The United States’ seizure, announced Thursday, of a North Korean vessel in Indonesia likely won’t affect already stalled denuclearization negotiations.
That’s the assessment of Bruce Klingner, senior research fellow for Northeast Asia at The Heritage Foundation.
“The U.S. legally seized the ship that Indonesia seized last year. Indonesia seized the ship for violation of U.N. resolutions,” said Klingner, a former chief of the Central Intelligence Agency’s Korea branch, who warned against reading too much into the U.S. action by the Justice Department.
“This was a law enforcement procedure,” he said.
The 17,000-ton cargo vessel, named the Wise Honest, was reportedly used to illicitly ship coal from North Korea and deliver heavy machinery back to the country, according to the Justice Department.
“Today’s action by the Justice Department was a positive step in enforcing U.N. resolutions and U.S. laws,” Klingner said. “Successive U.S. administrations, including the Trump administration, have pulled their punches on fully implementing U.S. laws. Hopefully, President [Donald] Trump will not reverse today’s actions as he did law enforcement measures by the Treasury Department in March.”
The ship’s allegedly illegal cargo became a U.S. legal matter because payments for maintenance of, equipment for, and improvements to the Wise Honest were made in U.S. dollars through unwitting U.S. banks, in violation of U.S. law, according to the Justice Department.
“This sanctions-busting ship is now out of service,” Assistant Attorney General for National Security John C. Demers said in a statement. “North Korea, and the companies that help it evade U.S. and U.N. sanctions, should know that we will use all tools at our disposal—including a civil forfeiture action such as this one or criminal charges—to enforce the sanctions enacted by the U.S. and the global community.
“We are deeply committed to the role the Justice Department plays in applying maximum pressure to the North Korean regime to cease its belligerence,” Demers said.
U.S. Attorney Geoffrey Berman of the Southern District of New York said this was the “first-ever seizure of a North Korean cargo vessel for violating international sanctions.”
The Justice Department action comes shortly after North Korea test-launched a series of short-range missiles.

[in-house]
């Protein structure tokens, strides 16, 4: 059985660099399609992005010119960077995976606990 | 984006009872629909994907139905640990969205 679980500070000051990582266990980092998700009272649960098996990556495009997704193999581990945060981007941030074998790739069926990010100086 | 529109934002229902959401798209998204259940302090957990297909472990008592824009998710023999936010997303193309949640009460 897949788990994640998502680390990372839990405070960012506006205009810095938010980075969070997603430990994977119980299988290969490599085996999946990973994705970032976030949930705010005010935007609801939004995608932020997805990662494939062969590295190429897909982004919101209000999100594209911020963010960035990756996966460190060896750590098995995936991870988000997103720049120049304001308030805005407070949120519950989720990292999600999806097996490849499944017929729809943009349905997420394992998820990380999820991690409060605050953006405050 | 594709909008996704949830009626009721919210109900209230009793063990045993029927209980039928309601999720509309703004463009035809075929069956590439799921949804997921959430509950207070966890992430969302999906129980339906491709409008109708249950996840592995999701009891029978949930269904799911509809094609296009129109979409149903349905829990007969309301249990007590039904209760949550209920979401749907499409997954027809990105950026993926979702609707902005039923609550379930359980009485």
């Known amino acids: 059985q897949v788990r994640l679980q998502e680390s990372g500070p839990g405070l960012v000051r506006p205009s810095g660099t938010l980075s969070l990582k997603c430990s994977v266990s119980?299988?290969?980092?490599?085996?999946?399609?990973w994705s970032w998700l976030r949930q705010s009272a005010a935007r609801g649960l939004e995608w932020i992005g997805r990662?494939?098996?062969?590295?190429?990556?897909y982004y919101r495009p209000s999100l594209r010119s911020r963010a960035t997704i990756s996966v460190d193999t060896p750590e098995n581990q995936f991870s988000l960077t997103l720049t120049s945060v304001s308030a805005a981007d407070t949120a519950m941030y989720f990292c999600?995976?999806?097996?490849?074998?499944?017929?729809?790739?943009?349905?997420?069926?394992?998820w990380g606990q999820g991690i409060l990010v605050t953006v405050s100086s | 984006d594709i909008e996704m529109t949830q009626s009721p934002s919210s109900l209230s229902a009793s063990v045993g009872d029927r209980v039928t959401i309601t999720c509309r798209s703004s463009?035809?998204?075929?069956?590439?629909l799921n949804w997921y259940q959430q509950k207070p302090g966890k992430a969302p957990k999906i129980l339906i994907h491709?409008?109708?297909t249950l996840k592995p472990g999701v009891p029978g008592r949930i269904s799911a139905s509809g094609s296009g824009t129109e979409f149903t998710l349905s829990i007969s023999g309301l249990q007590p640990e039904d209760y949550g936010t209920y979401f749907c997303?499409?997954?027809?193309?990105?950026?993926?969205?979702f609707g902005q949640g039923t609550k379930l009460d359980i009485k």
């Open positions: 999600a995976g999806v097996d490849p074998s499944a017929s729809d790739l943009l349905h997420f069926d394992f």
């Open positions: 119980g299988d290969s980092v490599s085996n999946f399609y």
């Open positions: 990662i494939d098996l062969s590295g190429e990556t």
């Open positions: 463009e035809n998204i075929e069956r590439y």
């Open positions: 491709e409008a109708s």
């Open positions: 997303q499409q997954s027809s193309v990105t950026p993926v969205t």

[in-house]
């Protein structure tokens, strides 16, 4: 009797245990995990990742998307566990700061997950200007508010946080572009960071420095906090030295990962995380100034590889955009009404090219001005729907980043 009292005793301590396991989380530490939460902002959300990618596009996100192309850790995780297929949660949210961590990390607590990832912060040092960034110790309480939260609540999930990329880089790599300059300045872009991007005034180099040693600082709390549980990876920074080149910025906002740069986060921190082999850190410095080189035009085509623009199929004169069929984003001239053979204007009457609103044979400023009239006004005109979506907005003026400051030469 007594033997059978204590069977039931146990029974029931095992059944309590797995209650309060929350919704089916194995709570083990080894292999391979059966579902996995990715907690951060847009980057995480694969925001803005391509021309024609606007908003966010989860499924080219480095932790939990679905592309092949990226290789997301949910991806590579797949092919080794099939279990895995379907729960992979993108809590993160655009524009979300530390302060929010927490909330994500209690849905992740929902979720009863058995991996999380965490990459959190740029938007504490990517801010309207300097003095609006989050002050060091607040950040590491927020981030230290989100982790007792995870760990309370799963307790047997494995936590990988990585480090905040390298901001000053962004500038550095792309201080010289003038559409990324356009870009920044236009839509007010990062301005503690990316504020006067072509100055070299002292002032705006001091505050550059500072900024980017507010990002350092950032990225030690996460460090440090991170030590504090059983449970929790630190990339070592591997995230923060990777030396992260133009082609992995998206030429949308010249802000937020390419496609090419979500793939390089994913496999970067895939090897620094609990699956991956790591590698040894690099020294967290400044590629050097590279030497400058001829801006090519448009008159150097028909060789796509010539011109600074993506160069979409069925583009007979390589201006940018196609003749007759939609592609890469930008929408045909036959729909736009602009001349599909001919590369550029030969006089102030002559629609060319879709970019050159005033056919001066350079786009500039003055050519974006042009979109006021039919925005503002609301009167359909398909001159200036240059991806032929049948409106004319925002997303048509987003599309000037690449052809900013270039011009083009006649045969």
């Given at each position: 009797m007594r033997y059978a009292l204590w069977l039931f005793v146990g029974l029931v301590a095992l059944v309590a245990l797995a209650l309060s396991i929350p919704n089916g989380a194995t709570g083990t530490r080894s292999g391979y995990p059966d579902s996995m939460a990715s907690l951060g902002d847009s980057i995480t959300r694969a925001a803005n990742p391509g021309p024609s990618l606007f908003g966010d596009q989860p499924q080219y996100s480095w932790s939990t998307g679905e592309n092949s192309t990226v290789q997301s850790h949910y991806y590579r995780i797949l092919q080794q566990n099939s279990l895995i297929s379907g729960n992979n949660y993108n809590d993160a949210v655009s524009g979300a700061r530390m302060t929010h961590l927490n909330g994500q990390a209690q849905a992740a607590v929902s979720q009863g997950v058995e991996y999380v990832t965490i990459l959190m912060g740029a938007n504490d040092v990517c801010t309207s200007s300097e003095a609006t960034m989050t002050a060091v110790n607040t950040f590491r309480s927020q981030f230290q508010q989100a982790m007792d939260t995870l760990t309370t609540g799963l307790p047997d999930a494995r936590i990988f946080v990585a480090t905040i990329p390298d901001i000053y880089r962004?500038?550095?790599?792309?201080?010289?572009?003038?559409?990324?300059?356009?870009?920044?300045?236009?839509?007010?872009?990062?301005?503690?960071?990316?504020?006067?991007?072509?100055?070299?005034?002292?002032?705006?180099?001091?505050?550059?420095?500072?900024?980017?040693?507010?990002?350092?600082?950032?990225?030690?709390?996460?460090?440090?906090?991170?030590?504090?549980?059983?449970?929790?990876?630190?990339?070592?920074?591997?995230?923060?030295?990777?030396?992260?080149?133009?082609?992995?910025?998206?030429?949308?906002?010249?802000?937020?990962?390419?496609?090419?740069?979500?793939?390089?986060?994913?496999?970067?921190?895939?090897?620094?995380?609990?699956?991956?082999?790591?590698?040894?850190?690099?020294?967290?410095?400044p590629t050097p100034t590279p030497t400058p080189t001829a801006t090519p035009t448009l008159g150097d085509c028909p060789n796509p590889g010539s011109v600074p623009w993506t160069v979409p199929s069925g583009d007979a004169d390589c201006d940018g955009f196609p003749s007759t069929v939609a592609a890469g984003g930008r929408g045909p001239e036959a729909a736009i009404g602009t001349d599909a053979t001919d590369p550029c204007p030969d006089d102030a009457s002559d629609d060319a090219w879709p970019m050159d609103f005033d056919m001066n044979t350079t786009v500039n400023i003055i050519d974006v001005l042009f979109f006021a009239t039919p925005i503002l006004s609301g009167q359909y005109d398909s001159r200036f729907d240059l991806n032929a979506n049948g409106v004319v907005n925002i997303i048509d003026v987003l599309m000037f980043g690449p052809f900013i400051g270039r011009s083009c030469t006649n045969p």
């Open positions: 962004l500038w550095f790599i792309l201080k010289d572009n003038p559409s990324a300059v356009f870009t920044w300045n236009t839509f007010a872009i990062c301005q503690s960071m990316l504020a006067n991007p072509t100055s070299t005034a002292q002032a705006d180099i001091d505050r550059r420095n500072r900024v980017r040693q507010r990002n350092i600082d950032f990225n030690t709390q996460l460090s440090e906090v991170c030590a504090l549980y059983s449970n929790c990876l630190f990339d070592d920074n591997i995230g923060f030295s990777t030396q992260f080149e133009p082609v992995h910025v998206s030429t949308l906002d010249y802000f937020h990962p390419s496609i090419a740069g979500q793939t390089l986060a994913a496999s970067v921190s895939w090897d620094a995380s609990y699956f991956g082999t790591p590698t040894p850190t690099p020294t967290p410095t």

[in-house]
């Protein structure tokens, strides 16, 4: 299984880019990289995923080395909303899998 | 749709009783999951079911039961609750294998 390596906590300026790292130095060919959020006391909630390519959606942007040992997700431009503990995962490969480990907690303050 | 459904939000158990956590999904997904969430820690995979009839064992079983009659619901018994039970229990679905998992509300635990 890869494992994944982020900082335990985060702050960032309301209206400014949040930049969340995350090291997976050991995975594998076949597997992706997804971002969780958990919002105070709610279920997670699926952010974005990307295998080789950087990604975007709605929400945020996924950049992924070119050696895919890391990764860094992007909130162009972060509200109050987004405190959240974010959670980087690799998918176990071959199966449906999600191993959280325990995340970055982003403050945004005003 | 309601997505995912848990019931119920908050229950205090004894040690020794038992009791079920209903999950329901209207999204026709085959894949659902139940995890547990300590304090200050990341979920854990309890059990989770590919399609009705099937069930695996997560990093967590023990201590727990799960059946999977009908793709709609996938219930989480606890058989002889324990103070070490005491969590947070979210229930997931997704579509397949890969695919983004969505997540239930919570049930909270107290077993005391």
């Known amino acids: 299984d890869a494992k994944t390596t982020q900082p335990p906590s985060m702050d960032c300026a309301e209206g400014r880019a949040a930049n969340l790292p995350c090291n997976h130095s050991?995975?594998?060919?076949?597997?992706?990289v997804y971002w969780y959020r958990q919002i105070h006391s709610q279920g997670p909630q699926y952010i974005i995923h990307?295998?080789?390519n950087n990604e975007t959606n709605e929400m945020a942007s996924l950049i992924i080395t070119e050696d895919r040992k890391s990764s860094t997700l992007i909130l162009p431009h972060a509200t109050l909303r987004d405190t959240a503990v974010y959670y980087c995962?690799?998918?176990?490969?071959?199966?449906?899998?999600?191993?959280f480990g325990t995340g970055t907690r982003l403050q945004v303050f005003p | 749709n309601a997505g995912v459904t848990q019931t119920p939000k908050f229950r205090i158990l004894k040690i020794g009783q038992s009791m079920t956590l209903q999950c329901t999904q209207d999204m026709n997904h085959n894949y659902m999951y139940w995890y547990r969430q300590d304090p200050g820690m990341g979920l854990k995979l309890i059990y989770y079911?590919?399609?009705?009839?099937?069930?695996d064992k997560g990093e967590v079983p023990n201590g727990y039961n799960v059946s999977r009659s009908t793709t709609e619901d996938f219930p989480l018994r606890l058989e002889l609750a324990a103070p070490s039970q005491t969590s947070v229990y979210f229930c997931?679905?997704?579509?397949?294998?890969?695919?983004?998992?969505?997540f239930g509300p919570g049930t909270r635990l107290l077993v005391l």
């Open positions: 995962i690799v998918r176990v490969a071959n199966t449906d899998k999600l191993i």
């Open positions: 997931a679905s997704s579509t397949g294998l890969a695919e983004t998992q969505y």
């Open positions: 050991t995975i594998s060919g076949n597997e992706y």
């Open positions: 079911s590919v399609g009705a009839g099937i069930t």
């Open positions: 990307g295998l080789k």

“I don’t think it has anything to do with the missile launches or negotiations,” Klingner said. “People will ask, ‘Why today?’ My guess is, it’s a process matter. It’s not a major increase in U.S. pressure.”
Earlier Thursday, Trump was asked about the North Korean missile launches.
“We’re looking at it very seriously right now,” the president said. “Nobody’s happy about it. … I don’t think they’re ready to negotiate.”
Because the ship seizure’s initially occurred last year, Klingner doubts North Korea will respond now. He added that since Trump’s summit meeting with North Korean dictator Kim Jong Un in Singapore last June, the Trump administration has gone easy on North Korea.
In March, the Treasury Department imposed additional sanctions on North Korea, and White House national security adviser John Bolton praised the move. However, Trump almost immediately reversed the move by his own officials.
“President Trump says he has applied maximum pressure, but he has not. In the first year and a half, the administration applied more pressure on North Korea than the Obama administration did during eight years,” Klingner said.
“That was good, but since Singapore, the administration has gone the opposite direction. Trump actually did something Obama never did; that’s reverse actions against North Korea. This [ship seizure] is not a case of Trump being tough on North Korea,” he said.
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